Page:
Father and son to face off in Ireland v England Aviva showdown
For Andy and Owen, Saturday’s Six Nations meeting will be a family affair
Put yourself in Andy Farrell's shoes this week. Put yourself in Owen's. It's as surreal as it gets.
The Ireland defence coach must put his parental emotion to one side and put together a plan to shut down his son, England's playmaker-in-chief.
If he is successful, he will contribute to denying his youngster a place in rugby history, while also damaging his Lions ambitions.
For the 25-year-old, there is the strange sensation of preparing to face the man who taught him the game; the man who was an integral part of the first steps of his professional career for club, country and the Lions.
The 2015 World Cup marked the end of their professional arrangement and on Saturday they face each other for the first time. There are examples in other sports of fathers and sons facing off, but the sheer physicality of Test rugby and the nature of the collisions involved set this one apart.
Normally, Ireland's assistants operate a rota when it comes to media appearances during the Six Nations, but Farrell has been keeping a low profile this week even though it's his turn to face the microphones.
For some reason, the IRFU don't wish to fuel this most interesting narrative, but thankfully we asked the rugby league legend about the prospect of taking on his son some time ago.
Here's one we prepared earlier.
"It's what I've always said, it's as professional as it gets," he said of facing his son. "I've got a job to do and one of my jobs will be to stop England's attack during the Six Nations and you don't leave any stone unturned, especially when it's the last game of the Six Nations and hopefully there's something riding on it."
It was put to him that it's an interesting dynamic though, to face one's son?
"It is to you."
But not to you?
"Well it isn't because it's only ever been the same for me, because I was a professional rugby player and then he was my son," he replied. "I was watching him play amateur rugby etc and then he's your son. But when it becomes professional and he signs professional forms, and I'm coaching him, it's never been any different because it's work.
"Of course you still have the father-son relationship out of work, and I would say I never really coached him as a junior at all. I know a lot of fathers do that but I never did at all. I would think that job is harder as far as relationships are concerned because it's not professional.
"When you're a professional coach or player you tend to know what you've done right or wrong anyway, so there aren't that many surprises."
Yesterday, Greg Feek took a bullet for his fellow assistant to save him the tough questions about his son who has become a world-class operator in the last two seasons.
"Andy is a character, he is a great coach and he has been a great fit for us," the former All Black said.
"Part of me wants to be very professional but the other part of me wants to enjoy this moment of maybe capitalising on Andy and his involvement with us, but the only thing I would say is that I respect what he is going through and it is not easy I suppose in some ways.
"I have had that discussion with him and I think he is handling it. What gets you through any of this is purely your competitiveness in what you do at the end of the day you know. He will do his job and Owen do his.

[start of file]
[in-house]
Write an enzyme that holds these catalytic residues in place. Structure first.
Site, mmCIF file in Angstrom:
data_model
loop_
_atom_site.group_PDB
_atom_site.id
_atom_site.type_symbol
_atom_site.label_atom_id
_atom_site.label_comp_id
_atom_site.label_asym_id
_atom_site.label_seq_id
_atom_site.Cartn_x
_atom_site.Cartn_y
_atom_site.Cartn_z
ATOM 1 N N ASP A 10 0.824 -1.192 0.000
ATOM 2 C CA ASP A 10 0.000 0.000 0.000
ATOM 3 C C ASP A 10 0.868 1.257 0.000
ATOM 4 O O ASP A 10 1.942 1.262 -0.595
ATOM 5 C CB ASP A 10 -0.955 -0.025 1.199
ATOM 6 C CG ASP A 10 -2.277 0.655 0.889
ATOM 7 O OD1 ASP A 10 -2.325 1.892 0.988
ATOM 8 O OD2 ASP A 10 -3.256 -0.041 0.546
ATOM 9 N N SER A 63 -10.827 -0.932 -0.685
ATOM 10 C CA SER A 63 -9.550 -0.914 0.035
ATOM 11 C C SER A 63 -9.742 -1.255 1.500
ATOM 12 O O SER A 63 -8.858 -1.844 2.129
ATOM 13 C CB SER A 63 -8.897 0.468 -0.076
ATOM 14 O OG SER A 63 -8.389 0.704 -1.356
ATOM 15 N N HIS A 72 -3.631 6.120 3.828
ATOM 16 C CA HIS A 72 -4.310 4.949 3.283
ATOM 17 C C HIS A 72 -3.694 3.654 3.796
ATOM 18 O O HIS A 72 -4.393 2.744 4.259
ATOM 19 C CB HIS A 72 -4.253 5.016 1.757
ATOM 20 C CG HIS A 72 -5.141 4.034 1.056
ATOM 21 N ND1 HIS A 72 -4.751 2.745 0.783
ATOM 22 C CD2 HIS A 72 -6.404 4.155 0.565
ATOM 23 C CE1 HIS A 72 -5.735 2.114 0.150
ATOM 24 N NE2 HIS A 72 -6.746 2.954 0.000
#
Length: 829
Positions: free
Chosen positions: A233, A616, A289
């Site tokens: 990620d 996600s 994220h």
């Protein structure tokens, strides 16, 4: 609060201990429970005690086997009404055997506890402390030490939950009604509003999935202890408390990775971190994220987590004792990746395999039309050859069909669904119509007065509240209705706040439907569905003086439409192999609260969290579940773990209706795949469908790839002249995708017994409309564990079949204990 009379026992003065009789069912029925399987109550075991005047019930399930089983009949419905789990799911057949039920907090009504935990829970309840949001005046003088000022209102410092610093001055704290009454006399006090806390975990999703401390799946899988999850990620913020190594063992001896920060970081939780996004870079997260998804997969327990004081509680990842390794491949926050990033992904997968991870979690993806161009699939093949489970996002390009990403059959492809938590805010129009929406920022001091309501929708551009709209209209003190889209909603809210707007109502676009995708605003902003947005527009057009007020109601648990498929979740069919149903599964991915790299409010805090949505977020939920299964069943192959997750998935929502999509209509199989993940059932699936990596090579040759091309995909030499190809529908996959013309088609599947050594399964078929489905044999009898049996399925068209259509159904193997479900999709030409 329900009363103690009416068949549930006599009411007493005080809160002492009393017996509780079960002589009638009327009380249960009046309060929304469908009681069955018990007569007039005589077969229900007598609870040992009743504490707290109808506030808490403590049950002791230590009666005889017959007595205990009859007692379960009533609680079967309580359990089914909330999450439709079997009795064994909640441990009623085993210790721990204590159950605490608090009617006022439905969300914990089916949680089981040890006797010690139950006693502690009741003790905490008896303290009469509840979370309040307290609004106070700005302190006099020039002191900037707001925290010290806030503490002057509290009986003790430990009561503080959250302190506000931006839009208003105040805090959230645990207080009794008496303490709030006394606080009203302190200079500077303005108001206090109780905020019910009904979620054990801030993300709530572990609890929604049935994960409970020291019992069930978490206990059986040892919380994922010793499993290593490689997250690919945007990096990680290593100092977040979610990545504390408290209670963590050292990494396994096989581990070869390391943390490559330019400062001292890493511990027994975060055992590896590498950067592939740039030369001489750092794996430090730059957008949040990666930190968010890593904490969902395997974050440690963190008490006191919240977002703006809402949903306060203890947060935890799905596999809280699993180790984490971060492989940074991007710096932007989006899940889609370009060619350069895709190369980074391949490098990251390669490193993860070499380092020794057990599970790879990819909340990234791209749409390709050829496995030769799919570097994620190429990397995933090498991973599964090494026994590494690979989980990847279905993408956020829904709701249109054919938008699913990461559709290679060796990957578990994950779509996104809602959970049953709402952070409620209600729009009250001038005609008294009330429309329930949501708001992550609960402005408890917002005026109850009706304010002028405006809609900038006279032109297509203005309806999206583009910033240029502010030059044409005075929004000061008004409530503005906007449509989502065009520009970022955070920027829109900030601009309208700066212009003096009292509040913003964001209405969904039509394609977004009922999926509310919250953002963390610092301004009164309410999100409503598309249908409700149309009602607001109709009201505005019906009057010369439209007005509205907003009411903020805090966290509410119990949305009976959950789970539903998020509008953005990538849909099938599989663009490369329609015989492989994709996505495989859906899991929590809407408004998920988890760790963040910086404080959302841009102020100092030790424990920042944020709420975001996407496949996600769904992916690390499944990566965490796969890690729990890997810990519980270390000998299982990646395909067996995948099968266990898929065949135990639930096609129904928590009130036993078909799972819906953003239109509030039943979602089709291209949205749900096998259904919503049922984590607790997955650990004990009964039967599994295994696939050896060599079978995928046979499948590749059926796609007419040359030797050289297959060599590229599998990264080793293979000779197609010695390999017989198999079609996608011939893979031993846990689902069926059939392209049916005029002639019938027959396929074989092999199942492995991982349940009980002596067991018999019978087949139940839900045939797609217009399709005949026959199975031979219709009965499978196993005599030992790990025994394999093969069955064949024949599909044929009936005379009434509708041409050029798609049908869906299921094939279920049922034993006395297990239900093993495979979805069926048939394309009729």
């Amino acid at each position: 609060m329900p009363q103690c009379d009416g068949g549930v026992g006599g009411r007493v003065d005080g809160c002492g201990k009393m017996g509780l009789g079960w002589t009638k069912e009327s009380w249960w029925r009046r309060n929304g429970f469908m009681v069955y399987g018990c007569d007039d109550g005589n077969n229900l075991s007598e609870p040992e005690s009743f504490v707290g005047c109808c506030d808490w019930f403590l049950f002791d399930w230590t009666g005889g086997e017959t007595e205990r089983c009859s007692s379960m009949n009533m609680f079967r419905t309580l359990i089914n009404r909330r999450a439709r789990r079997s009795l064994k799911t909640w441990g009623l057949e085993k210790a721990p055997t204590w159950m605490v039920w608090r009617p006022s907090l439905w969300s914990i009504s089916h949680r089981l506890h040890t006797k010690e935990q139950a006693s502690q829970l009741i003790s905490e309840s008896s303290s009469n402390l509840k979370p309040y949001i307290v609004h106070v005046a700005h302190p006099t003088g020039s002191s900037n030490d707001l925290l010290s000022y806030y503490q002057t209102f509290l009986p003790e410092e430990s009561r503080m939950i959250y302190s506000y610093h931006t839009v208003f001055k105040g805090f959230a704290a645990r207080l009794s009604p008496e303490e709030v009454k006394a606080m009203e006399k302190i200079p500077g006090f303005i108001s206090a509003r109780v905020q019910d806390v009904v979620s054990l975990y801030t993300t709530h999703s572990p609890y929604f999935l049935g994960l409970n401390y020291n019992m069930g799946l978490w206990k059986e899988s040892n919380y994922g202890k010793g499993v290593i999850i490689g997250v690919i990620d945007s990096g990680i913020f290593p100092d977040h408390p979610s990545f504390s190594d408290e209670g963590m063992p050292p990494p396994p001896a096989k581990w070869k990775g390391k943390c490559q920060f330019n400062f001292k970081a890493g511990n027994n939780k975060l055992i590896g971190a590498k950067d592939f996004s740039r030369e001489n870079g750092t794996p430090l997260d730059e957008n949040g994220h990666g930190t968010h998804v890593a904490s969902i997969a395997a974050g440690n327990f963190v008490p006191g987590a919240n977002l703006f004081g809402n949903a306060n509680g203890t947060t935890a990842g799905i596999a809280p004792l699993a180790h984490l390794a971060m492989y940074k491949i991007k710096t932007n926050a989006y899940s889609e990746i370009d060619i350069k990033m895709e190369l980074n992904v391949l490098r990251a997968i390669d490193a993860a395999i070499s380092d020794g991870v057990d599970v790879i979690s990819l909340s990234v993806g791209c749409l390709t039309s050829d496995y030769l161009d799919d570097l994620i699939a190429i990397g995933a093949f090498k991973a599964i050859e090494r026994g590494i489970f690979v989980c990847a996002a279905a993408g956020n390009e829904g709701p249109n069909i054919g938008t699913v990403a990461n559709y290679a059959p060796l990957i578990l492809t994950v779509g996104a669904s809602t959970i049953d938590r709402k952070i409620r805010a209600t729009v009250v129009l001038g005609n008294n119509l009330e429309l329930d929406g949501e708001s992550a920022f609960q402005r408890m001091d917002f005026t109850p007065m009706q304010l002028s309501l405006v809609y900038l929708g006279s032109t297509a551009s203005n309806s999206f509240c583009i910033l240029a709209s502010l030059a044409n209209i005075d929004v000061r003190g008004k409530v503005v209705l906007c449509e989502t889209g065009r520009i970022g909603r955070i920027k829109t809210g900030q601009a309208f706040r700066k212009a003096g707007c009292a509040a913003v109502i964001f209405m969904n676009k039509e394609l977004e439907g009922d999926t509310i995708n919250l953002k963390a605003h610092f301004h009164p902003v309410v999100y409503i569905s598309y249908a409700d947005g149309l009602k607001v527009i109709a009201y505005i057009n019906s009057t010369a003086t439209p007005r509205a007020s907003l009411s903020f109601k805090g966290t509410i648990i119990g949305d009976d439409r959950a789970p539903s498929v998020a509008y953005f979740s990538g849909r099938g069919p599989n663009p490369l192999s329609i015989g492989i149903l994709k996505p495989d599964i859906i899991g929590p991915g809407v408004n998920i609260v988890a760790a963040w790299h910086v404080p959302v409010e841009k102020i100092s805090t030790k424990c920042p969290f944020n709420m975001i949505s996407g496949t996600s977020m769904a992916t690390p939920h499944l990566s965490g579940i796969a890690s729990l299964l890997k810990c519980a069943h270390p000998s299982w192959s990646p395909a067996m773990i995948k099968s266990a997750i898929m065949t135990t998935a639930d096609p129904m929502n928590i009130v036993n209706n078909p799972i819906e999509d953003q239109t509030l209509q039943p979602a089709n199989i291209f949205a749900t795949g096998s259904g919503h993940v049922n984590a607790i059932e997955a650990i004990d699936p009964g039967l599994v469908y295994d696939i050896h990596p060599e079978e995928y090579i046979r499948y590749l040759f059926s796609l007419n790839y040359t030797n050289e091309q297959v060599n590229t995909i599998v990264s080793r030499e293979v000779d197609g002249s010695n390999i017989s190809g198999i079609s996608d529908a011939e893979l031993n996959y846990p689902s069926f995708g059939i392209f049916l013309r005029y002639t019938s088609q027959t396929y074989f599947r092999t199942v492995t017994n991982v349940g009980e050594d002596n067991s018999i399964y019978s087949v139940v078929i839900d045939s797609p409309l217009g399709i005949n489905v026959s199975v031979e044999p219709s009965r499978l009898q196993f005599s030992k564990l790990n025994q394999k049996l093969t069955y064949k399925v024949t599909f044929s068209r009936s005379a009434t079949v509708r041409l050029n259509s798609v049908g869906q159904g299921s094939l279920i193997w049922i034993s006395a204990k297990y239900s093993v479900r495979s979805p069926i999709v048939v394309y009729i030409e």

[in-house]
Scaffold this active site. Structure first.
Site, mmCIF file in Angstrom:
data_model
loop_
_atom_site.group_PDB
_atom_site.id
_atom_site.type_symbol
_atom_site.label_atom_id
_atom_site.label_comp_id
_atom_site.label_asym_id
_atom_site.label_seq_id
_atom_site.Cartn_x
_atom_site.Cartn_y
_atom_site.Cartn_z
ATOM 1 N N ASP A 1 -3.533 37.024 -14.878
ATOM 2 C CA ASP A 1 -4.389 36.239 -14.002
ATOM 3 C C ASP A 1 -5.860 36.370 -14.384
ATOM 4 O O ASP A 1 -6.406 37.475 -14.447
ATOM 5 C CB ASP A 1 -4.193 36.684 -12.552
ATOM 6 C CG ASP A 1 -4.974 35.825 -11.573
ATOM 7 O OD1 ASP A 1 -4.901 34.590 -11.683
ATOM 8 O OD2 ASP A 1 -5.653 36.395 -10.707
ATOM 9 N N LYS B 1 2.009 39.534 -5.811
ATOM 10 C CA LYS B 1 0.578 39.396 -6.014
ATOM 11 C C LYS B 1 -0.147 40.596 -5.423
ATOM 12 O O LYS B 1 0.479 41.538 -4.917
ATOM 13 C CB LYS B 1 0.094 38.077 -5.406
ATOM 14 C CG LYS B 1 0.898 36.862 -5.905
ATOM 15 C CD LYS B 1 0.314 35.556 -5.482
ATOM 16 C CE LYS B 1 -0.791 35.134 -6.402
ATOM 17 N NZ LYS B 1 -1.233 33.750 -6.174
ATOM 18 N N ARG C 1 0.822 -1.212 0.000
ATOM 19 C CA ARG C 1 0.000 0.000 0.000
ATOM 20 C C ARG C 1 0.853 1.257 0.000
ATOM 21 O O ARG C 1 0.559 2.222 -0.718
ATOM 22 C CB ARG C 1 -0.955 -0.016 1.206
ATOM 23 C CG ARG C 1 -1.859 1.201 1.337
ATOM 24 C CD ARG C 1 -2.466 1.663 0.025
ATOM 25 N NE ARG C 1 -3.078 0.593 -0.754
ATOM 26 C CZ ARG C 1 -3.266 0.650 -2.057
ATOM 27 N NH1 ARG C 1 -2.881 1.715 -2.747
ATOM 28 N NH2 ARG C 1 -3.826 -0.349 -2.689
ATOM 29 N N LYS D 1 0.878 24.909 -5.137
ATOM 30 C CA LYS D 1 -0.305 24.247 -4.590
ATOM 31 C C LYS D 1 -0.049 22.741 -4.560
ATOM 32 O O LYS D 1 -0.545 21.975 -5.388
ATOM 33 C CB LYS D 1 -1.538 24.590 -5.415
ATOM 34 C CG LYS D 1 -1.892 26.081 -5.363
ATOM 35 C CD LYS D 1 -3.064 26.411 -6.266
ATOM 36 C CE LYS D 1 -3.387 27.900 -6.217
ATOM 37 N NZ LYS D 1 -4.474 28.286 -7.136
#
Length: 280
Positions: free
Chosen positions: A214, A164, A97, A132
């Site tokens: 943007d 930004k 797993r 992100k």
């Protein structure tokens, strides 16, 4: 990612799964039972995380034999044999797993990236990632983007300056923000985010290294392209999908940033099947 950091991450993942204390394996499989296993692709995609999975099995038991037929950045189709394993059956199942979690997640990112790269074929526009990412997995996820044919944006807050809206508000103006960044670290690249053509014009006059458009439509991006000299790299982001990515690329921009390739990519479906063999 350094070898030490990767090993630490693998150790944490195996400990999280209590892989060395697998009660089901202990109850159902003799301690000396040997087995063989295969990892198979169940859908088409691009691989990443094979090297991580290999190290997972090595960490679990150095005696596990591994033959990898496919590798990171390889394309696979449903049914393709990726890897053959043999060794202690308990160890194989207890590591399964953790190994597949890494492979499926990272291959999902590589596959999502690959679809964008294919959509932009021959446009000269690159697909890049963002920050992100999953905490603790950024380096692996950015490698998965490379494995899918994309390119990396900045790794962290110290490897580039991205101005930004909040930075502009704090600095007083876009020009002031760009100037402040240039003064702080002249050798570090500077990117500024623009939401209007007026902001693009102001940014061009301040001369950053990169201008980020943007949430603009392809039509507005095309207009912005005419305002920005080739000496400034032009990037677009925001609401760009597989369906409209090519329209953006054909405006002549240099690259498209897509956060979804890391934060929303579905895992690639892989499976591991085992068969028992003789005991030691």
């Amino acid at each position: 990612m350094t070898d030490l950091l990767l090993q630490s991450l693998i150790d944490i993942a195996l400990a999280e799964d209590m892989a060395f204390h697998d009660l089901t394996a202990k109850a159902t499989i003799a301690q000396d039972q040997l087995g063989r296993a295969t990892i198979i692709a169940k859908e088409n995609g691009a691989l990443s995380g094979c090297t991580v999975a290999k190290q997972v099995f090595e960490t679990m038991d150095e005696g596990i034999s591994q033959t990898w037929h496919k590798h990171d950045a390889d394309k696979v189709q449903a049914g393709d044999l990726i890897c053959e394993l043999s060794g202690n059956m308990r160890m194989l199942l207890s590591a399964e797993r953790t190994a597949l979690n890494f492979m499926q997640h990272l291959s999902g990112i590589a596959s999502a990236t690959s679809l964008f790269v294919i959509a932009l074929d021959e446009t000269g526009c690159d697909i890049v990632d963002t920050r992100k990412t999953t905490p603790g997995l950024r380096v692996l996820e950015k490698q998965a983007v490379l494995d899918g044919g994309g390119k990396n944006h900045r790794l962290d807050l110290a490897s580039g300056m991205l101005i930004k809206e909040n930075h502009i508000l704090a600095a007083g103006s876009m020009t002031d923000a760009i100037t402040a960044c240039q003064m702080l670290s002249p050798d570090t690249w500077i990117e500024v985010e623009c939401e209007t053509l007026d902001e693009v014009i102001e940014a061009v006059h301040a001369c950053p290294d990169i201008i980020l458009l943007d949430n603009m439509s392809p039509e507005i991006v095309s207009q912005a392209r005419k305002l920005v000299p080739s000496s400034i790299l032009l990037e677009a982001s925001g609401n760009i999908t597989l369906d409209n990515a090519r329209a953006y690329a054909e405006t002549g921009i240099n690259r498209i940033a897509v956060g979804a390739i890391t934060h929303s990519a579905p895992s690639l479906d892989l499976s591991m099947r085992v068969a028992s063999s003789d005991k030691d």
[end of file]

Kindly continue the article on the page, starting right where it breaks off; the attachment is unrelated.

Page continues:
"I have never met Owen officially, so I can't really speak for him but I know Andy is being as professional as he has always been this week. Nothing changes and he has been delivering great messages about playing and being chirpy over a flat white as well."
Over in Pennyhill Park, the word from the England camp is that Farrell junior is taking a similar approach.
"He's obviously a world-class player," full-back Mike Brown said.
"The ways he's grown has been amazing. Most of the time I don't even look when he's kicking because I just expect it to go over.
"He's that good. He's obviously massively involved in bringing energy to the team. He's physical and leads by example with his words. It's great for me sitting behind him, hearing him and seeing him. He massively inspires me.
"They (Andy and Owen) are very similar. They both bring a lot of energy. Owen backs up words with actions. I saw his dad play loads of times for Wigan as a rugby league fan.
"Ireland will be aggressive, they'll be physical and they'll come off the line.
"I guess (it will be weird), but he's used to it. He's probably not taken a second thought about it because he's so focused on his job in the team."
Eddie Jones is unperturbed.
"They've been talking about rugby probably since he was big enough to sit at the table," the England coach said.
"I think they're both mature enough to get on with it this week. Neither needs any more motivation to do well.
"They're Farrells. I think that sums it up."
That tallies with Owen's own words when he was asked about the strange dynamic himself last year.
"It's no different for me," he said.
"He's part of a new set-up now and that's his challenge. For me, you just get on with what's in front of you.
"It's always been the case. I've had him around a fair bit since I started playing but it's always been separate to him being my dad.
"I've never gone into a camp and sat down and had a coffee with him - unless it was for him to tell me off about something rugby-related. There was never that dynamic anyway, so it's just like working with a new coach. It will be exactly the same."
What is clear is that the Farrells will have something to say on the pitch on Saturday.
Andy's defence has come in for scrutiny and Jones reckons it offers up similar opportunities to the ones his team exploited so ruthlessly against Scotland last Saturday, while Owen is the key man in the English backline.
The father must stop the son. It will make for some interesting dinner-table talk.